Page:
SaaS metrics: CAC

How can we tell if a SaaS business is healthy

giphy (17).gif
 
 

Given SaaS dynamics, what’s an investor to do in assessing whether an early SaaS company will yield a good financial return? Thankfully, there are a few key guideposts.

We first need to measure Customer Acquisition Costs (CAC); the simple way to do so is to add up the quarterly sales and marketing expense for a company and divide that by the number of new customers acquired in the quarter.

But how do we know if that CAC is worth it — or whether the company is simply spending too much money to acquire customers that will never yield a positive financial return?

To answer this question, we need to look at the lifetime expected earnings of that customer or Customer Lifetime Value (LTV), which is calculated by

(Annual Recurring Revenue x Gross Margin) ÷ (% Churn + Discount Rate)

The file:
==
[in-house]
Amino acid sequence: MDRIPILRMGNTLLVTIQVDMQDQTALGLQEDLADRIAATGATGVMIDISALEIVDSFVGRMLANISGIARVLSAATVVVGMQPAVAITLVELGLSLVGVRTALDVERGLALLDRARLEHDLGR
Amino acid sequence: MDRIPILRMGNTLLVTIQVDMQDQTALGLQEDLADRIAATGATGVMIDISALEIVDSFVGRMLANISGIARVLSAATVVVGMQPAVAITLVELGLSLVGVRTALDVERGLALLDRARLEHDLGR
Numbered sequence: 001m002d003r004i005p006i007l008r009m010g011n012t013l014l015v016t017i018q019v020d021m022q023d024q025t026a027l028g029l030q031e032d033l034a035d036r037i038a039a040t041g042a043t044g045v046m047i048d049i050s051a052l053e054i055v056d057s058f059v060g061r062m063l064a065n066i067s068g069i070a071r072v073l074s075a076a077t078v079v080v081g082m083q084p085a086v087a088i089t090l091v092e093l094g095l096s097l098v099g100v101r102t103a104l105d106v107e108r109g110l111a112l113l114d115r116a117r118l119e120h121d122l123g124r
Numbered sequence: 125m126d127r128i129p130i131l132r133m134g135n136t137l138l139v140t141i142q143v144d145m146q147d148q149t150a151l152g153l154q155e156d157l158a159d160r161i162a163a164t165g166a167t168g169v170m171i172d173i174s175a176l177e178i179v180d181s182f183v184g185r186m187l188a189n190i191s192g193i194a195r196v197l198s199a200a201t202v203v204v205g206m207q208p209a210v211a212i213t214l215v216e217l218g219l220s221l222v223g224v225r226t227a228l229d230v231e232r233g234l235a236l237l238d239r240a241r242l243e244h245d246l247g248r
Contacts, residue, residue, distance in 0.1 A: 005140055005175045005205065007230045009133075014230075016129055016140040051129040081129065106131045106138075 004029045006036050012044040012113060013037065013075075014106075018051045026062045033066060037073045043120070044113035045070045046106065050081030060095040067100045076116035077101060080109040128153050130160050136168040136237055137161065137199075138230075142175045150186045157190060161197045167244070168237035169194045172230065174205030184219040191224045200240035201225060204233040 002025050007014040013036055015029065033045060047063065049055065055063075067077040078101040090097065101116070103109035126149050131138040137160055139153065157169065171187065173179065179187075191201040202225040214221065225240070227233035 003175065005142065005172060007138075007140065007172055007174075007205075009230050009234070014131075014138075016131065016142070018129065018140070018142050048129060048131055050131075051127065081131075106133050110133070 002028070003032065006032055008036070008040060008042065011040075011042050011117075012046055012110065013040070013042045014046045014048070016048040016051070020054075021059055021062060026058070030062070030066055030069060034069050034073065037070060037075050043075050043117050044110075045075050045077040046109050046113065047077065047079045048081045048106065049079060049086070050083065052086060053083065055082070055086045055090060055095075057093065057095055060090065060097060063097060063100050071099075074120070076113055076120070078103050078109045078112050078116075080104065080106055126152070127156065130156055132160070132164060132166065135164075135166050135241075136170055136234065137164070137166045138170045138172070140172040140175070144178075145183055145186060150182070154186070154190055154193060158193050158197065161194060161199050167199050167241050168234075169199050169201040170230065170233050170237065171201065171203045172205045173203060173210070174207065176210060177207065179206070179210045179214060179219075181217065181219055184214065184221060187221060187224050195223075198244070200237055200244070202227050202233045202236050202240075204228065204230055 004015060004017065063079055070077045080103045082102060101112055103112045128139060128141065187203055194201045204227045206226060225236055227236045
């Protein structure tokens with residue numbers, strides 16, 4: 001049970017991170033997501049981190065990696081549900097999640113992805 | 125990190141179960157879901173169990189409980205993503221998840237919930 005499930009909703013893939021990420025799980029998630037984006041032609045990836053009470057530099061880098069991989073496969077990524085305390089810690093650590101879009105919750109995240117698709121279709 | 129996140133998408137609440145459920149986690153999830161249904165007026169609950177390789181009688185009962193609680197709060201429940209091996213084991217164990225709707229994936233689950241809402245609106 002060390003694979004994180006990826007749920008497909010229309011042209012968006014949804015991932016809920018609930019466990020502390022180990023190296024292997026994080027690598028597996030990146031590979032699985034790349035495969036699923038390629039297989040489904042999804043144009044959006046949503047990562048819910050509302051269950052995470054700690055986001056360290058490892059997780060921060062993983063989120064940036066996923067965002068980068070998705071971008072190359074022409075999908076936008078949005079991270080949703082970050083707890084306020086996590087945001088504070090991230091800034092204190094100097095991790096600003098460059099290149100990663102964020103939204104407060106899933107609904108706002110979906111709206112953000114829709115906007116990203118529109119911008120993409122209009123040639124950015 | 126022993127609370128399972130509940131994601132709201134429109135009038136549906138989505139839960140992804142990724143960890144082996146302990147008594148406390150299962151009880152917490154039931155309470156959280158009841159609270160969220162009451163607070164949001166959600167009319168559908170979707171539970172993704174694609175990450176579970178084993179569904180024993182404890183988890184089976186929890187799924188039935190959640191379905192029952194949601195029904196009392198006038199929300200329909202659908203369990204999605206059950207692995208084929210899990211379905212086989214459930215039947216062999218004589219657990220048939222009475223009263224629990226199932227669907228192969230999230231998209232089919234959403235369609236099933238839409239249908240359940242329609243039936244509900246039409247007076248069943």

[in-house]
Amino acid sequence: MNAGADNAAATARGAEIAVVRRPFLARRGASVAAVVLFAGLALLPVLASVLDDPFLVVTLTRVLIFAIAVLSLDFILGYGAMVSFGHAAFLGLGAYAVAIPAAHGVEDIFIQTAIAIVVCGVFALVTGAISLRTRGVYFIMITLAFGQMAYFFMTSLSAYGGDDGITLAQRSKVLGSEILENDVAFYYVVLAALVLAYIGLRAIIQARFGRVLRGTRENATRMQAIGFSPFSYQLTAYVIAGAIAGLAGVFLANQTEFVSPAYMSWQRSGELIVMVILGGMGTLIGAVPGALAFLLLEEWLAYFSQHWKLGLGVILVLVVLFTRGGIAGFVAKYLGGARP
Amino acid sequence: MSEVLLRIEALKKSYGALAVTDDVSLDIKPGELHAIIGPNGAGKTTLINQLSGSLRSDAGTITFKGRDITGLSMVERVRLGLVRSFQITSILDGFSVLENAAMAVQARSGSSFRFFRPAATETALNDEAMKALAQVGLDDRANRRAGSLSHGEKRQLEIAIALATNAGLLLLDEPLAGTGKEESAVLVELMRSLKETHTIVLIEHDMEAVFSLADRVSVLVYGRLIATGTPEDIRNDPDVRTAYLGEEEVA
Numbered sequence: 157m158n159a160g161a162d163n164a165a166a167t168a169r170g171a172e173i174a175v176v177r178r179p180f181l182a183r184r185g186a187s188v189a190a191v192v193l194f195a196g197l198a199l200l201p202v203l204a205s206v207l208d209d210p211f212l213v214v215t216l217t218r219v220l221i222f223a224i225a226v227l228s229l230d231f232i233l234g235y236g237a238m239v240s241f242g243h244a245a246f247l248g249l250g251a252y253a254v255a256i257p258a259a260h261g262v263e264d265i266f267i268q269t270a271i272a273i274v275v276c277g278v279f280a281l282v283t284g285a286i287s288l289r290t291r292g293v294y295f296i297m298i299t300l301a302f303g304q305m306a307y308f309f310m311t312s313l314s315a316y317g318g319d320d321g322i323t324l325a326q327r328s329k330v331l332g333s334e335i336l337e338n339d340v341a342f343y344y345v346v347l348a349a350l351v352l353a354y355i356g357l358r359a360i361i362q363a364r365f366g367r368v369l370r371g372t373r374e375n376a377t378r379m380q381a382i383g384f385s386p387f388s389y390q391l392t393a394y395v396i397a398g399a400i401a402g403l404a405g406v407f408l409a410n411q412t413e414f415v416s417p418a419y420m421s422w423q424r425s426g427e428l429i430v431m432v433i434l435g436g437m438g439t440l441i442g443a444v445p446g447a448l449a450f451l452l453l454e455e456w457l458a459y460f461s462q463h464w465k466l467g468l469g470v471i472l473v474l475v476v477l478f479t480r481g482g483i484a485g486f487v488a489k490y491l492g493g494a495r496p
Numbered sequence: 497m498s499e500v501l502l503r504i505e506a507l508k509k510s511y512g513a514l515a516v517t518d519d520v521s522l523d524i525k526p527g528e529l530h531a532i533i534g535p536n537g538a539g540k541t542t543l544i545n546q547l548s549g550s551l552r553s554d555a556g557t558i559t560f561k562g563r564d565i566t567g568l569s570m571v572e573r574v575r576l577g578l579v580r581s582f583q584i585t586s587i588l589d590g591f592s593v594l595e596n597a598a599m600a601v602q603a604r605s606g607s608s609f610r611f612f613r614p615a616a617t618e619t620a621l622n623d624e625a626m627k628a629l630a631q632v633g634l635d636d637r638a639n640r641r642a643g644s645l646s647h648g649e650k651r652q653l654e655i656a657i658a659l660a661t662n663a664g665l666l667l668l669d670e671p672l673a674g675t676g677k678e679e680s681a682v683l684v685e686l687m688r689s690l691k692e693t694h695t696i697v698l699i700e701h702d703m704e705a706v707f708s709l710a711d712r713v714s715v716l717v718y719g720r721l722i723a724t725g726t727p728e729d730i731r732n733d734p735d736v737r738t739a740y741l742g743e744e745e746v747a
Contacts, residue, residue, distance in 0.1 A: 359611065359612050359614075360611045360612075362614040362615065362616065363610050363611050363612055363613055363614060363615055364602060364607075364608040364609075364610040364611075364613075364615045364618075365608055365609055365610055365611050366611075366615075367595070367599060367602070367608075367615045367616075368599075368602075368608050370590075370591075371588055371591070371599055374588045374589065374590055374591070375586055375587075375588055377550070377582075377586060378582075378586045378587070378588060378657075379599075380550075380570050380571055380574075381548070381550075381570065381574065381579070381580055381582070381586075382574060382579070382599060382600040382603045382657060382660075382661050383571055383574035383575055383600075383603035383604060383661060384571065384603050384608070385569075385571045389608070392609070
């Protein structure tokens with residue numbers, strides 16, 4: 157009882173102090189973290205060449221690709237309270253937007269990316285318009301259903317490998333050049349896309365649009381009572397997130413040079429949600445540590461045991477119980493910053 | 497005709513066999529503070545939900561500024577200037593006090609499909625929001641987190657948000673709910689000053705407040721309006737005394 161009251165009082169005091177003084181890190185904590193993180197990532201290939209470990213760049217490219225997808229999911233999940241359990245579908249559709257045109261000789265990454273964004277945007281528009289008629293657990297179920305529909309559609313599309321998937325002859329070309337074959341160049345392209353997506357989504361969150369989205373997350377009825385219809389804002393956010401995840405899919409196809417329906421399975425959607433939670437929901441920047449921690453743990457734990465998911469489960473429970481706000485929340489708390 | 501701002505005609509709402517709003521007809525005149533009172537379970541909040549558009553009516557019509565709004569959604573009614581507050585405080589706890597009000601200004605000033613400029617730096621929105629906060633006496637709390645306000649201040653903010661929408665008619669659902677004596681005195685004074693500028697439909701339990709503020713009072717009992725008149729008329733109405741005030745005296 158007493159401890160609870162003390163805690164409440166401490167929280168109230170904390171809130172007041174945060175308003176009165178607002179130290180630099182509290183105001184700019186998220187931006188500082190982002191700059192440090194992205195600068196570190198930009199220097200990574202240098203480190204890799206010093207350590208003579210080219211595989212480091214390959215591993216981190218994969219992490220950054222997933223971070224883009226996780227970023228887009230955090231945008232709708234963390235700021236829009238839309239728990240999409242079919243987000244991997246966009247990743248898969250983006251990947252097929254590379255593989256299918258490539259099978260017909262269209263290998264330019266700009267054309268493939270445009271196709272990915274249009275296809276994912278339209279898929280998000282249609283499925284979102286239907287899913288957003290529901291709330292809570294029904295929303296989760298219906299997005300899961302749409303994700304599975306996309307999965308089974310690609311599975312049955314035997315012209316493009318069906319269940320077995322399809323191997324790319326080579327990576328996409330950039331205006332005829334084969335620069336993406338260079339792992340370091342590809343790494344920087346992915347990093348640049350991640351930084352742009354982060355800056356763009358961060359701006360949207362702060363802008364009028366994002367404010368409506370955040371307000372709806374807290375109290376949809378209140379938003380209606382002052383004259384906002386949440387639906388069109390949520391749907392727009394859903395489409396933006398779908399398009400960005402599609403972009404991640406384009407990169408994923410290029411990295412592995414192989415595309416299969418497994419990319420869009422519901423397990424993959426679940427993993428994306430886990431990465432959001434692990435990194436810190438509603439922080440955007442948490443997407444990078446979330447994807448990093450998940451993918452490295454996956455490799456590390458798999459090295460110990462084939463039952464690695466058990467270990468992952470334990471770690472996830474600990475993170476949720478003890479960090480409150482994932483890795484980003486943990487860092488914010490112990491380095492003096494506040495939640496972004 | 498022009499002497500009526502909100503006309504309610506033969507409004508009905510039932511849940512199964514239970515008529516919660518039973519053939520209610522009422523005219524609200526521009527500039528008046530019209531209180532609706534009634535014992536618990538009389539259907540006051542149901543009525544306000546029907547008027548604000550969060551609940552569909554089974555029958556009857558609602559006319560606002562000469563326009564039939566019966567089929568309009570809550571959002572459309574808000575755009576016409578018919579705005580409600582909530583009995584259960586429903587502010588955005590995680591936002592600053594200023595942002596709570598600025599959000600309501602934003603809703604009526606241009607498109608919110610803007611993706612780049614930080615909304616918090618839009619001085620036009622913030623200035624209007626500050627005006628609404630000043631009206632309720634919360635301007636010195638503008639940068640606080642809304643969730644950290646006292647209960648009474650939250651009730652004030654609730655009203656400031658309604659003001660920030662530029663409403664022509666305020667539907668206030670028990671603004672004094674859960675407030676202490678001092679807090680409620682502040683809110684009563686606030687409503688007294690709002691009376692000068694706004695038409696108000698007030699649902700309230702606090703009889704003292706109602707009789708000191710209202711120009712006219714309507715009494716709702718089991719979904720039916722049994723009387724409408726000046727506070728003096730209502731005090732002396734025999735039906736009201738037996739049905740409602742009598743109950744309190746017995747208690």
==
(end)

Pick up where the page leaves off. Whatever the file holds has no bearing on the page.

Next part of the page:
As a general rule: if LTV is 3X or greater than CAC, that’s a good sign that the business model is working.

If the LTV is close to or less than CAC, then we know that something is out of balance; it suggests that the company is spending more money to acquire the customer than it expects to generate in profits over the customer’s lifetime.

This could be because the company hasn’t figured how to effectively monetize its customers. Or that customers are leaving before they’ve spent enough money on the platform to cover the costs to acquire them. Or that the company hasn’t figured out an effective way to scale its customer acquisition costs.

Whichever it is, you better investigate! And then there’s the ultimate proxy for customer satisfaction — Churn.

rr_a16zsaasprimer2.png
cumulativecashflow_a16zsaasprimer2.png